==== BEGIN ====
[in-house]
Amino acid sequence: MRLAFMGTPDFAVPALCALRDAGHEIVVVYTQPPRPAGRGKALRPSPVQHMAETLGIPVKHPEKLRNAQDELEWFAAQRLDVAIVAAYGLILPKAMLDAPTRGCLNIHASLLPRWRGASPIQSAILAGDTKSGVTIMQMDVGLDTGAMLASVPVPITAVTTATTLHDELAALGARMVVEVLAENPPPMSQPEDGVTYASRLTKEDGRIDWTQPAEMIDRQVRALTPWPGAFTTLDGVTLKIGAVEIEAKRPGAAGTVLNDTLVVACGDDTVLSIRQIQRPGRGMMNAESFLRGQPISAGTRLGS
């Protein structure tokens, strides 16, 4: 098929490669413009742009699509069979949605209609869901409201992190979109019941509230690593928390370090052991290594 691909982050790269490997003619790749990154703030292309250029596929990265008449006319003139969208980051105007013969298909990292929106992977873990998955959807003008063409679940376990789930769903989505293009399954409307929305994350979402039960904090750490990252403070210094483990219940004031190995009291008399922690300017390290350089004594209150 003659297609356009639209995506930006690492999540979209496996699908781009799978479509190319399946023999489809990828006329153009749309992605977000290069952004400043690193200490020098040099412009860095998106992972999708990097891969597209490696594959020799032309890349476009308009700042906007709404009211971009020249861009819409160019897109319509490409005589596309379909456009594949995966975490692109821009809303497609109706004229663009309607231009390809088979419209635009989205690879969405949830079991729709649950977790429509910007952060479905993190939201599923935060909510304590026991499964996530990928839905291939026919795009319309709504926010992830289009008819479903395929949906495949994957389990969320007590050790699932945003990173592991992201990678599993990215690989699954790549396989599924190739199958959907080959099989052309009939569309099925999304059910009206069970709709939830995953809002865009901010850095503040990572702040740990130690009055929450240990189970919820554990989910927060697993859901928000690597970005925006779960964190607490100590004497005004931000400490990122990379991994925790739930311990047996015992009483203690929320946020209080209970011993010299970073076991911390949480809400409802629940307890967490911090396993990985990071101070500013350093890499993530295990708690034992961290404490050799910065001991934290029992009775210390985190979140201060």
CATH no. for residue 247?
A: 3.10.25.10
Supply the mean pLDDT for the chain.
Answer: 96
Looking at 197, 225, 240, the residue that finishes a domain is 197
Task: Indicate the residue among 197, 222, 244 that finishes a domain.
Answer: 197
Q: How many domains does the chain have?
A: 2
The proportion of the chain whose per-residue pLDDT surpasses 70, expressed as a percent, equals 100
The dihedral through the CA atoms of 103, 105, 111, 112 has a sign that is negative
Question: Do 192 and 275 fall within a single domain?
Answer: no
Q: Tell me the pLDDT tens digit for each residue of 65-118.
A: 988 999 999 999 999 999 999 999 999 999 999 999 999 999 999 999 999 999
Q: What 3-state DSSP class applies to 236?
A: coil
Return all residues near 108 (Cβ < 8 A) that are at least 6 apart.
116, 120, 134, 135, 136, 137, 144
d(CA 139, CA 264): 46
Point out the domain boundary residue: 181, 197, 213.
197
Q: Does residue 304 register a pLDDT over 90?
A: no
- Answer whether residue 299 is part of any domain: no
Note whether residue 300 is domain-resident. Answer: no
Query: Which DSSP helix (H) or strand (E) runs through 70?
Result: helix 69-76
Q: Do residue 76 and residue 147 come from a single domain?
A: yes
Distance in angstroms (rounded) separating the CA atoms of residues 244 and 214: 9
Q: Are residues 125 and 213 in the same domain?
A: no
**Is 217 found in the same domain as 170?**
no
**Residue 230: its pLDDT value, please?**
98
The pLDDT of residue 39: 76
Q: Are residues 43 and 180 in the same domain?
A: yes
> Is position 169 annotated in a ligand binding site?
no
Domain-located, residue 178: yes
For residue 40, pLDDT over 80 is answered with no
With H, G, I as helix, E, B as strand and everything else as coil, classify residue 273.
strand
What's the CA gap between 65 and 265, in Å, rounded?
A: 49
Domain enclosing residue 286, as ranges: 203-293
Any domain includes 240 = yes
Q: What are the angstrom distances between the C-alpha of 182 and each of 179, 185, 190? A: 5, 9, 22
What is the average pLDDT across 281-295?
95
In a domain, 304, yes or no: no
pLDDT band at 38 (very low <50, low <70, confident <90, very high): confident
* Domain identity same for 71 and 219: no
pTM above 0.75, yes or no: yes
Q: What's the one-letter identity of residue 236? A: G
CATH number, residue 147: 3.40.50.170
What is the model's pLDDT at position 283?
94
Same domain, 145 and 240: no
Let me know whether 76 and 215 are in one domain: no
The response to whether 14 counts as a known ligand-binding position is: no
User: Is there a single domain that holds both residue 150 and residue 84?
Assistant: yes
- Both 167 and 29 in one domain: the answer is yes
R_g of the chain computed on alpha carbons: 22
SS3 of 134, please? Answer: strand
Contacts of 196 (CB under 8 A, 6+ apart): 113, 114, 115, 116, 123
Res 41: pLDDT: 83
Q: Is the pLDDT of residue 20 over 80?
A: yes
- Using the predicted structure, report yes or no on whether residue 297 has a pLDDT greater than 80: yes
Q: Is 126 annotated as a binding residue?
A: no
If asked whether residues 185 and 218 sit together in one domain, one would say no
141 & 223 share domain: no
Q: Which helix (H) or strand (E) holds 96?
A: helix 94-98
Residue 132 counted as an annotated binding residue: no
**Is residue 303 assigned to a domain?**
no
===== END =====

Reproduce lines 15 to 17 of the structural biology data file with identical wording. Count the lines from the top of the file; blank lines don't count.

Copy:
Question: Do 192 and 275 fall within a single domain?
Answer: no
Q: Tell me the pLDDT tens digit for each residue of 65-118.